Review Summary: A stitch in time…
Perspective shapes our preferences and understanding. When havoc and dissent become second nature, there’s a real question as to what would define “normal” among those who seek out dissonance, contrast, and turmoil. It’s this sort of person or group that is met with differing levels of criticism, often misunderstood or discarded without a second thought. From this point of view, what’s considered “normal” comes down to a point of view. When you take an Amazonian tribal woman to New York, her view of the world becomes instantly foreign, unnatural and about as far from normal as one could imagine. It’s these differences in perception and values that allow those who push against the perceived norm to be treated with hesitation, avoidance and even mistrust. In this case Pyrrhon, for better or worse, has always been an act that takes a perceived boundary, smashing the perceptions of what a particular style of music should sound like. However, Pyrrhon failed to really
start turning heads until their sophomore record, The Mother of Virtues
which showcased a band in the midst of irreverent, discordant beauty. Since then, Pyrrhon has taken their craft, molded it and twisted it: like smoke unfurling upwards unto oblivion. The smoke remains familiar to itself—but never quite identical ever again.
More recently, Pyrrhon’s What Passes For Survival
became a bridge between the worlds of adjacently-born technical freneticism and unbridled outta the ***ing
window compositions that left just as many sour grimaces as stupid grins on the faces of their fans. Still, What Passes For Survival
offered a unique insight into where the band could possibly move forward, explore and cultivate. Comparatively, it’s hard to stack this against anything other than the band’s previous records. Where The Mother of Virtues
was out of the blue for most die hard death metal fans (please forgive this brave hyperbole), the abrasive blending of genres took a staple of Gorguts and warped it to an unspecified extreme. In turn, What Passes For Survival
became an understatement to what came before it, given to a world of not-yet-achieved greatness in the form of musical insanity with attempted given focus.
The album’s title track saunters feedback-laced schizophrenia with earthy bass rumbles that showcase a world of opposites seemingly melts into each other. Even though the track is abrasive, revelling in its downright chaotic nature, it’s the fall back into everything that is What Passes For Survival
that compels familiarity, grasping firmly on the foundations laid bare in a more digestible fashion. In typical Pyrrhon style, the guitar lines lurch back and forth, brought together by an ever-present slap of a snare and bass punch.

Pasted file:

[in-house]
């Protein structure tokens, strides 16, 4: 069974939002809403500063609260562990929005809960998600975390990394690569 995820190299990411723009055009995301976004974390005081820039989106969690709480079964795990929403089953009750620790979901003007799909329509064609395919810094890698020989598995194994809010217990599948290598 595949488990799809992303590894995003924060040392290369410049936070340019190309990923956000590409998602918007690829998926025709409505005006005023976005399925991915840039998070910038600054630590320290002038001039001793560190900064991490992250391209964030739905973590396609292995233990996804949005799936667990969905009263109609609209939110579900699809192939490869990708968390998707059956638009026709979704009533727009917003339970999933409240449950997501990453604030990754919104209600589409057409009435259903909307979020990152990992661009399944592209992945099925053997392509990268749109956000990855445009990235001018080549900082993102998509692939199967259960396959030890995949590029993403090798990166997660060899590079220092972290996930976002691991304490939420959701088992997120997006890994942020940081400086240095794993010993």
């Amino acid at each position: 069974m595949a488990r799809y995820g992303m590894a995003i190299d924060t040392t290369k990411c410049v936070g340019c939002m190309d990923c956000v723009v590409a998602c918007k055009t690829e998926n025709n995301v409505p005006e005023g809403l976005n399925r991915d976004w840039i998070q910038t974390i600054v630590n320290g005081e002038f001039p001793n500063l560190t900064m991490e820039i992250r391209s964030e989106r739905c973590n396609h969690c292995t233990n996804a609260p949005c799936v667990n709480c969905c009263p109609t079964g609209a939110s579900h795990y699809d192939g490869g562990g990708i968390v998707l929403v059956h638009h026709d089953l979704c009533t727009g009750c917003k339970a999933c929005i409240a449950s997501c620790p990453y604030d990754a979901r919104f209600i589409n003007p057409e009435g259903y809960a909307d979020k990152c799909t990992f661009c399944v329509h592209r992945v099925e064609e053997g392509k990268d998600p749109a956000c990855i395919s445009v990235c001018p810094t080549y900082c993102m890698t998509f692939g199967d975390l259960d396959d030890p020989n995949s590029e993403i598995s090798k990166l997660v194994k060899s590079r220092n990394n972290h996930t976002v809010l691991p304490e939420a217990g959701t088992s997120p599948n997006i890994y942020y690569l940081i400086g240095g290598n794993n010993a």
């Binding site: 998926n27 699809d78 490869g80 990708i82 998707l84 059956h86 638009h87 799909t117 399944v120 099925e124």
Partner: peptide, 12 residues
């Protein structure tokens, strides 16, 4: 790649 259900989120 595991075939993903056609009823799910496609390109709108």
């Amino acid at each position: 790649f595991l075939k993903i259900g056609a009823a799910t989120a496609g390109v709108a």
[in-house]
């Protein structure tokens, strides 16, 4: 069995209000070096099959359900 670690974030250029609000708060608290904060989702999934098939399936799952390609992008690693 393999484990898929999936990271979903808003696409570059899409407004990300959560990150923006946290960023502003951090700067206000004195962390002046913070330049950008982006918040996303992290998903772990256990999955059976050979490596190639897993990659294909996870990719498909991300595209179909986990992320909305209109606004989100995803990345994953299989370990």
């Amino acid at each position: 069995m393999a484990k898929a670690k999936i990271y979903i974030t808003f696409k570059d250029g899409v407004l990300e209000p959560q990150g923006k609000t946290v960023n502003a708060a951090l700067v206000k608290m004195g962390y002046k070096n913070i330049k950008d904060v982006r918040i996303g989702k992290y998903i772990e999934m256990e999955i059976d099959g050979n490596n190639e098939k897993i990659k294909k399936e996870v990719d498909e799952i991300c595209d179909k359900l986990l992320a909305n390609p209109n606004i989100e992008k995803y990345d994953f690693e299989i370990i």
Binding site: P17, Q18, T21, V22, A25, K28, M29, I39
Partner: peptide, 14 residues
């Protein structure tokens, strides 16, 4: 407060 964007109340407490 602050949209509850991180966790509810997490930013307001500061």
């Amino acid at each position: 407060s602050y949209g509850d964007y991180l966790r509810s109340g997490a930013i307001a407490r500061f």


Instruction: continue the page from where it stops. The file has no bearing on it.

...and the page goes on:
“The Lean Years” continues the album’s natural penchant for rambunctious, stop-start musicianship. Doug Moore’s usual, abrasive vocal preamble falls into rhythm, accentuating the punishment, pain and downright random approach the band has when making their music and at times his pained shouts and shrieks sit next to the instrumental dyslexia, without smothering the band’s other half. Abscess Time
however, does find a better strength as the record moves towards its robust belly. The melancholic notes that bleed through the mix of “The Cost Of Living” transform into a doom fed, yet sneakily forward moving track and without knowing it the listener is transported from one end to the other—and almost nine minutes feels like a journey of three, and readily played again. The shorter blasts of “Overwinding” and “Human Capital” feed on the frenzied pacing of the album, snippets into a soul filled with too many ideas and yet, they seem outwardly more straight-forward than the frenzy of the group’s 2017 piece. Even with this in mind it becomes hard to dismiss the pull of the record’s closing moments. Abscess Time
isn’t a straight-forward record, nor is it instantly recognisable in the face of a more conservative crowd. In fact it’s perception falls upon the listener—one that’s ready to fall in love with the chaos, see the natural misgivings and still enjoy themselves regardless. It’s unlikely the band were looking towards the masses for validation of their craft and yet, Abscess Time
is an imperfect marvel of sorts. Clear imperfections highlight the glory found in fleeting moments. Perspective itself is found in deeper, wholesome attitudes—but definitely not for everyone.